My pick for a place in Canada to visit in 2017 is my hometown of Edmonton, Alberta. Edmonton is home to West Edmonton Mall, the largest mall in North America that has shopping, dining, a hotel, a skating rink, an indoor water park, an amusement park, a full-sized replica of the Santa Maria ship and more. West Ed is fun to visit, but there’s more to Edmonton than a mall.
You can learn about the history of the region at the interactive Fort Edmonton Park (be sure to stop at the candy store on 1920’s Street). If you love art there are many Art Galleries along 124th Street and the Alberta Art Gallery downtown is always worth visiting. You can see some fantastic theatre in the city with one of the many local theatre companies. In fact, Edmonton hosts the world’s second largest (after Edinburgh, Scotland) fringe theatre festival in August. There are a variety of other festivals throughout the year like the Deep Freeze Festival, Jazz Fest LitFest, The Street Performers Festival, and the Servus Heritage Festival, to name a few.
There are great shopping and dining in neighbourhoods like Old Strathcona, 124th Street, Garneau, Alberta Ave, and 104 Street. The city has lots of parks and trails if you want to go hiking or biking (or cross-country skiing in the winter). Plus if you get tired of the city you can take a road trip to nearby Elk Island National Park, an hour east of the city.
Kananaskis, Alberta – Thea Wingert from Zen Travellers
Canada is well known for its national parks, but many provincial parks deliver similarly exquisite views without the crowds. With access starting at less than an hour from Calgary, Kananaskis Country an easily accessible, year-round mountain playground where the hiking, biking, skiing and horseback riding trails are incredible. In fact, the area is so popular with Calgarians, that there is even a widely successful guidebook called “Where the Locals Hike in the Canadian Rockies” which features over 58 trails in “K-Country.”
Another selling feature is that animal sightings are very common in K-Country. To that end, I have been lucky enough to see black bears, grizzly bears, moose, big horn sheep, and deer while hiking, biking, or skiing there. Since it is only a short detour when travelling from Calgary to Banff or Lake Louise, and it is free to visit unless camping overnight, Kananaskis Country should not be missed if visiting Canada in 2017.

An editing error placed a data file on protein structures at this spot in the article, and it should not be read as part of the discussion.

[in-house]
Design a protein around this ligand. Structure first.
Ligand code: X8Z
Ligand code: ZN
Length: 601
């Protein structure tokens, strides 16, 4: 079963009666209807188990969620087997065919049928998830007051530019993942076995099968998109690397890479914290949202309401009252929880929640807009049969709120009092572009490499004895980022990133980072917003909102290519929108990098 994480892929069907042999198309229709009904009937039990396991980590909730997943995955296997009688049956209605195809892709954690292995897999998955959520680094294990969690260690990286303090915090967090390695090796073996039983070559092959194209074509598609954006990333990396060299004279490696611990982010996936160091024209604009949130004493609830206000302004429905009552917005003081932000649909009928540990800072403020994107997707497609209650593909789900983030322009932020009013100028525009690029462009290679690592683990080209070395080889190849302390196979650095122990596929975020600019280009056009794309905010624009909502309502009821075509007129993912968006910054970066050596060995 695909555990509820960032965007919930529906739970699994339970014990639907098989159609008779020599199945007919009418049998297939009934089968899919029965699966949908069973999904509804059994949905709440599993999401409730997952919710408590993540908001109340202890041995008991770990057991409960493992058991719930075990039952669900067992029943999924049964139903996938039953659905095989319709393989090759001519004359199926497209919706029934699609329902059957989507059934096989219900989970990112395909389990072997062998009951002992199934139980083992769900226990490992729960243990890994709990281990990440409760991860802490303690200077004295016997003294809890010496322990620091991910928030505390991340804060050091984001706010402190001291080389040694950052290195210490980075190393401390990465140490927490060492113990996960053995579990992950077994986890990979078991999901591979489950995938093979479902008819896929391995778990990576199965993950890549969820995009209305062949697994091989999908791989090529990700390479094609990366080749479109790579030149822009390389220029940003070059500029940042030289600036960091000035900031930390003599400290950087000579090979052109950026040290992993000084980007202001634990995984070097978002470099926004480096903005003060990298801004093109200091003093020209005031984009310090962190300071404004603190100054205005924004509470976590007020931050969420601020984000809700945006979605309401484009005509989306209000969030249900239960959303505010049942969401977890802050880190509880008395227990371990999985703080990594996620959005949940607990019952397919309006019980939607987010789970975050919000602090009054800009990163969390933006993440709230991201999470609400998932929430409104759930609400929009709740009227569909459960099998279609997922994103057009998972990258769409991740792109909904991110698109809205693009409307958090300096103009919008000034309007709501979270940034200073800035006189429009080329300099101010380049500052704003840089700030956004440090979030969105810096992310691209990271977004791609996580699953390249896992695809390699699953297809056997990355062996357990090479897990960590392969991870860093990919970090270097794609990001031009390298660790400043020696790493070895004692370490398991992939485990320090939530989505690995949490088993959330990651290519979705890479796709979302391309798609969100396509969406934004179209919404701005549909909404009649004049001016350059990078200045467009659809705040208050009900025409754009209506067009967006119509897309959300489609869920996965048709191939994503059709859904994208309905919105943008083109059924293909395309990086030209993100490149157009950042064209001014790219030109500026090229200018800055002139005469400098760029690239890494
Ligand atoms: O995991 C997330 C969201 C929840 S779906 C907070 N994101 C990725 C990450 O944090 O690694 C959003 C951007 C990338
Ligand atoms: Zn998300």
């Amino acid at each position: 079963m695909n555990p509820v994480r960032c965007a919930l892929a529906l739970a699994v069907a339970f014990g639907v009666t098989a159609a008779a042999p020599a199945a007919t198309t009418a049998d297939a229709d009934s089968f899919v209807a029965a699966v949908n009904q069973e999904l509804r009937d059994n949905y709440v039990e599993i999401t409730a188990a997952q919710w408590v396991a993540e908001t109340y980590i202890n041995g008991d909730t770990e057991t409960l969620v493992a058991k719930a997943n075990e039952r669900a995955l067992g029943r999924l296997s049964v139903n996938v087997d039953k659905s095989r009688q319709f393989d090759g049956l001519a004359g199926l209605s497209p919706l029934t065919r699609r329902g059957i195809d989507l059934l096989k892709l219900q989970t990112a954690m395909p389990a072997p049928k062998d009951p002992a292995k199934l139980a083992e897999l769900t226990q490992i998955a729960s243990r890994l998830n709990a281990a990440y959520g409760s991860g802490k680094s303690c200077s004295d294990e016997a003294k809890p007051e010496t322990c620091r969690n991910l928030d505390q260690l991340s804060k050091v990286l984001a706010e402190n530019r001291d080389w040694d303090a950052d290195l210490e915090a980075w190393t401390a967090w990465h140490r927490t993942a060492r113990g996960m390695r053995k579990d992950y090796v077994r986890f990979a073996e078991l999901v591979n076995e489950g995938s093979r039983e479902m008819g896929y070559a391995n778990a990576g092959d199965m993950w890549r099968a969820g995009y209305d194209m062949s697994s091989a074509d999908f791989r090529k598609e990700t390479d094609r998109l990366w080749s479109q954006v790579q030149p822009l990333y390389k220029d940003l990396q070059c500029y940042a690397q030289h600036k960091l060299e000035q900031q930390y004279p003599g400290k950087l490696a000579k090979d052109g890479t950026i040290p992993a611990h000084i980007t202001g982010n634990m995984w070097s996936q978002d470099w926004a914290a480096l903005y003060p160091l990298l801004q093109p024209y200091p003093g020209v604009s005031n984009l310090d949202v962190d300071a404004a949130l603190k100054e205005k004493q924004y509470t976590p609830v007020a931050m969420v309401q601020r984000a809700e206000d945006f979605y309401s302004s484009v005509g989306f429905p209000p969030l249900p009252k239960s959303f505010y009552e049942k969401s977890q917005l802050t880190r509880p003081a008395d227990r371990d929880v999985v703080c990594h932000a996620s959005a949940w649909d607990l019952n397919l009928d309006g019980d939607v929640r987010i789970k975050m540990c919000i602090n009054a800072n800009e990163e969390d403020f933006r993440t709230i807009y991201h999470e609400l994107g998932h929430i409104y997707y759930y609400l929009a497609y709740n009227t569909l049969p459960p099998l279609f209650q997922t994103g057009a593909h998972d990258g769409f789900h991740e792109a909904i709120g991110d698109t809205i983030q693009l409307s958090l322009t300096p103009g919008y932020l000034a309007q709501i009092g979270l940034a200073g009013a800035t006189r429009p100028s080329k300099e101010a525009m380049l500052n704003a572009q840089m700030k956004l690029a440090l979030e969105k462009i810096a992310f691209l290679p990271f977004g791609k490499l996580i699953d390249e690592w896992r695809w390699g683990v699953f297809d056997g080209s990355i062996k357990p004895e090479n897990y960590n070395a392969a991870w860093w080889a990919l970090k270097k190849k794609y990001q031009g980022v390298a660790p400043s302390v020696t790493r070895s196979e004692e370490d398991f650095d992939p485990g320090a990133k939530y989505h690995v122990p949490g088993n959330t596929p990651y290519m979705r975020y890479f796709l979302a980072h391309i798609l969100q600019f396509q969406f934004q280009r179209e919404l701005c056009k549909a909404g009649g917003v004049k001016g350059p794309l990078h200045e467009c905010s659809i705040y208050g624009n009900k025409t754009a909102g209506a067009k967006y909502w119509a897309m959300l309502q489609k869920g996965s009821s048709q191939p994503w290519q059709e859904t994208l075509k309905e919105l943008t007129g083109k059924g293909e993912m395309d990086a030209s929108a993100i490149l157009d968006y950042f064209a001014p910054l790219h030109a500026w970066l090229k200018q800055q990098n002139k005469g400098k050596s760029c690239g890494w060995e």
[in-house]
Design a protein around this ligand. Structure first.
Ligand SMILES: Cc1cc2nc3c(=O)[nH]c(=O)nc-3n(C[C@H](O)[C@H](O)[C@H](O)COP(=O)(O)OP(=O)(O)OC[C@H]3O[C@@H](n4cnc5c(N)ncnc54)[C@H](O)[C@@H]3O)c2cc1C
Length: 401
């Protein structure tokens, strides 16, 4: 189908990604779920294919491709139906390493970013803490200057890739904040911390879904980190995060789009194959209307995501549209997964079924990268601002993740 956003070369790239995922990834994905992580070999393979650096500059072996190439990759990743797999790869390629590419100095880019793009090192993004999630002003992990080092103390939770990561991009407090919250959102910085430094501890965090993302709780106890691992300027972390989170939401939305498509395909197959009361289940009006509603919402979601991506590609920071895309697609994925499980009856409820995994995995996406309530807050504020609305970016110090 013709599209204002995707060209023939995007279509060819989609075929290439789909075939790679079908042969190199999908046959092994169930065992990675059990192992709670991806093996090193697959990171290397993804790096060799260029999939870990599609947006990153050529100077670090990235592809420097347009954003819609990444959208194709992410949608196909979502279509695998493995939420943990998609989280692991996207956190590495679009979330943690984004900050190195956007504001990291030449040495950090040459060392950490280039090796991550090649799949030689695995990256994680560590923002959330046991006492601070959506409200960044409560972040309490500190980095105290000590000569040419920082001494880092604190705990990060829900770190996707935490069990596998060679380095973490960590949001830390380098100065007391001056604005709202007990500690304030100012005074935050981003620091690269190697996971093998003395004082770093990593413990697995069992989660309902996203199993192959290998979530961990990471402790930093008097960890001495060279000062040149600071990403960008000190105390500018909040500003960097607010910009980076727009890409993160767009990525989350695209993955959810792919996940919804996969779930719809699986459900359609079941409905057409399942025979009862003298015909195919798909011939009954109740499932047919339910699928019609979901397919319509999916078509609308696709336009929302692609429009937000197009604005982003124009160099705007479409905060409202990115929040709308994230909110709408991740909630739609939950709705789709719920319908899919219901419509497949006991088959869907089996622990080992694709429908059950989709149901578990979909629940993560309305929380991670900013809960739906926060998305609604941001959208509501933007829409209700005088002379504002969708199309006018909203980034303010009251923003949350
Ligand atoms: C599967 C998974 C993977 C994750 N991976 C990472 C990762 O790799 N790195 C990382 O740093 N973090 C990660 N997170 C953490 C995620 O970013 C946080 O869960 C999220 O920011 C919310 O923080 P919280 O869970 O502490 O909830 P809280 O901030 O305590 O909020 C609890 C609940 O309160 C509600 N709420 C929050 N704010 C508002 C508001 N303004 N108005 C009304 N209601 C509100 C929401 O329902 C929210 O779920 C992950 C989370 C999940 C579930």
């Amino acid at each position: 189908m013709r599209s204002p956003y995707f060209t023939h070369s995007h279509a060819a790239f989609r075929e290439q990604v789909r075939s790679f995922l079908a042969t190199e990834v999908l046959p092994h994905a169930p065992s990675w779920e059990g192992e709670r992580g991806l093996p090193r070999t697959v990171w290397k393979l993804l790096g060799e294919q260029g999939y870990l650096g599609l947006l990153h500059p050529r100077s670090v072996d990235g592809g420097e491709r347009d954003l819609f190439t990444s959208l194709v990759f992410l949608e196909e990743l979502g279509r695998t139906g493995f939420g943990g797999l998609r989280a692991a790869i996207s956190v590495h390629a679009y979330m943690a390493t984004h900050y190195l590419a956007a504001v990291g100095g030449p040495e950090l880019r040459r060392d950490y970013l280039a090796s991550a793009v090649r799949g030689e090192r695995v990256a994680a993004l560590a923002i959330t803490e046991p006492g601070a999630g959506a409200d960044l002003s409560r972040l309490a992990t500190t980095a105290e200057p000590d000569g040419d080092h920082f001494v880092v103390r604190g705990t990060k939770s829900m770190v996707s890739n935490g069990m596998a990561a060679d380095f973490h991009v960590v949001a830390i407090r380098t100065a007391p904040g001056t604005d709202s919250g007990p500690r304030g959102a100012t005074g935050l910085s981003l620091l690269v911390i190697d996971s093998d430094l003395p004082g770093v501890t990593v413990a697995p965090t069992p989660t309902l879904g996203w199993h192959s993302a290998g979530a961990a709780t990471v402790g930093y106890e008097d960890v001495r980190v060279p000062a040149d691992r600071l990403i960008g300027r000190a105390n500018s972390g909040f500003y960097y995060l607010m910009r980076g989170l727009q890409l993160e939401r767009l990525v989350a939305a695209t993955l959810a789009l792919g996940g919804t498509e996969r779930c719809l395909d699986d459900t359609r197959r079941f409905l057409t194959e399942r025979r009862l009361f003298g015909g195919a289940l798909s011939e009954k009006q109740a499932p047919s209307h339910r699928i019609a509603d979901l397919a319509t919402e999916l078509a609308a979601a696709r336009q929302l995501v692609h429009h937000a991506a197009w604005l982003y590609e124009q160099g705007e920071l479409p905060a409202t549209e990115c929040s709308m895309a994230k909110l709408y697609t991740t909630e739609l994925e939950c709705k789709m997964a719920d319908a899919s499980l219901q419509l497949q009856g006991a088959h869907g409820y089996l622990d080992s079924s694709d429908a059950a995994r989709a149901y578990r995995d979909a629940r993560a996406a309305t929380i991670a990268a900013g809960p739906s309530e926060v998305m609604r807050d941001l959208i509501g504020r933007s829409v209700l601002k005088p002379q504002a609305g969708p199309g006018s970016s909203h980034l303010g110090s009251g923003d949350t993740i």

Calgary, Alberta – Christina Saull from My View from the Middle Seat
Calgary, Alberta is a city that has transformed itself. Surrounded by relatively flat farmland, this gateway to the Canadian Rockies has seen a resurgence in the past few years, fueled by Canada’s growing oil and gas industry. The Kensington neighborhood is transforming itself into a destination in itself with boutiques, cafes & specialty eateries. Calgary Olympic Park, once home to many of the sports in the 1988 Olympics, has transformed itself into an adventure park which includes Canada’s highest zip line and a ride down the Olympic bobsled track. But this city of a little over a million people hasn’t forgotten its roots: every July the Calgary Stampede comes roaring into town, with its traditional rodeo and festival. With direct flights from across Canada and the U.S., Calgary is the perfect destination for a few days stay prior to heading into the mountains.
Whitehorse, Yukon – Lies Veldeman from Non Stop Destination
Whitehorse is the capital of the Yukon Territory and is the perfect starting point for a Yukon adventure. With only 35,000 people living in this province, the Yukon is the ideal destination if you love the wild.
In summer, you can paddle the Yukon River or several lakes around Whitehorse and follow the trail of the Klondike Gold Rush to Dawson City. In winter enjoy a day of dogsledding and chase the Northern Lights at night.
For my 30th birthday in October, I escaped the city (Vancouver) and flew to Whitehorse with my boyfriend. Our first stop was the Yukon Wildlife Preserve (a must!), where we encountered moose, lynx, arctic foxes and muskoxen to name a few. We spent a good few hours walking through the snow, admiring these beautiful animals. Afterwards, with temperatures plummeting below zero, we took a dip in the warm Takhini Hot Springs just outside the town.
The roads were quiet on our way back to our B&B, with only two cars passing us. I loved the silence, the emptiness and the vast forests around us. With no light pollution in this part of the country, you can admire the unspoilt night sky, and if you’re lucky, see the Northern Lights dancing above you.
ALCAN Highway / Signpost Forest – Paige Brown from For the Love of Wanderlust
A few years ago I had the pleasure of driving all 1,387 miles of the ALCAN Highway! It’s easy to have a great time on this drive because there are so many awesome stops along the way, both natural and man-made. This highway was originally constructed in the early 1942 after the attack on Pearl Harbor. During the months of construction a homesick G.I. decided to make himself feel better by posting a sign for his hometown. Thus created the Sign Post Forest in Watson Lake. Now people who pass by are invited to hang a sign from home or their travels along with 75,000+ others! Don’t miss out on other stops like Whitehorse, Muncho Lake and Kluane Lake. Not to mention it’s like a drive-thru animal park along the road and the mountain views will keep you inspired the entire drive! Plus, it’s the gateway to an Alaskan adventure!